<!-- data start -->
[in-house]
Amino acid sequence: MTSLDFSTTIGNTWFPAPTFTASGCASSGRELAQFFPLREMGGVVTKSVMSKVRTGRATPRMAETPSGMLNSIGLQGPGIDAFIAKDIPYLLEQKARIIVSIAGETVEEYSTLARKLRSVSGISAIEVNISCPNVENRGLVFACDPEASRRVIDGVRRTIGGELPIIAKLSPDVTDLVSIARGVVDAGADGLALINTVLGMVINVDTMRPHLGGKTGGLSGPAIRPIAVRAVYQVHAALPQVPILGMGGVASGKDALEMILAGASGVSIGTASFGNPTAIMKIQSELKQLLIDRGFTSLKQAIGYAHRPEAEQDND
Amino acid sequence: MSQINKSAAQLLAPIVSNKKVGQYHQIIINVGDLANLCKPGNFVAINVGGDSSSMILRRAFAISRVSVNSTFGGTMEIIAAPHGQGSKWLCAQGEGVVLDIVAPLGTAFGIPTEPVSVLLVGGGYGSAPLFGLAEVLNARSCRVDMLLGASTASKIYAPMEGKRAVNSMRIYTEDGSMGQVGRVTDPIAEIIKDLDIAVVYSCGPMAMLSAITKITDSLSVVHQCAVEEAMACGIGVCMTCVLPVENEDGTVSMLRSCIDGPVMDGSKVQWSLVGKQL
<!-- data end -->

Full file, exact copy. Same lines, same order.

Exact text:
[in-house]
Amino acid sequence: MTSLDFSTTIGNTWFPAPTFTASGCASSGRELAQFFPLREMGGVVTKSVMSKVRTGRATPRMAETPSGMLNSIGLQGPGIDAFIAKDIPYLLEQKARIIVSIAGETVEEYSTLARKLRSVSGISAIEVNISCPNVENRGLVFACDPEASRRVIDGVRRTIGGELPIIAKLSPDVTDLVSIARGVVDAGADGLALINTVLGMVINVDTMRPHLGGKTGGLSGPAIRPIAVRAVYQVHAALPQVPILGMGGVASGKDALEMILAGASGVSIGTASFGNPTAIMKIQSELKQLLIDRGFTSLKQAIGYAHRPEAEQDND
Amino acid sequence: MSQINKSAAQLLAPIVSNKKVGQYHQIIINVGDLANLCKPGNFVAINVGGDSSSMILRRAFAISRVSVNSTFGGTMEIIAAPHGQGSKWLCAQGEGVVLDIVAPLGTAFGIPTEPVSVLLVGGGYGSAPLFGLAEVLNARSCRVDMLLGASTASKIYAPMEGKRAVNSMRIYTEDGSMGQVGRVTDPIAEIIKDLDIAVVYSCGPMAMLSAITKITDSLSVVHQCAVEEAMACGIGVCMTCVLPVENEDGTVSMLRSCIDGPVMDGSKVQWSLVGKQL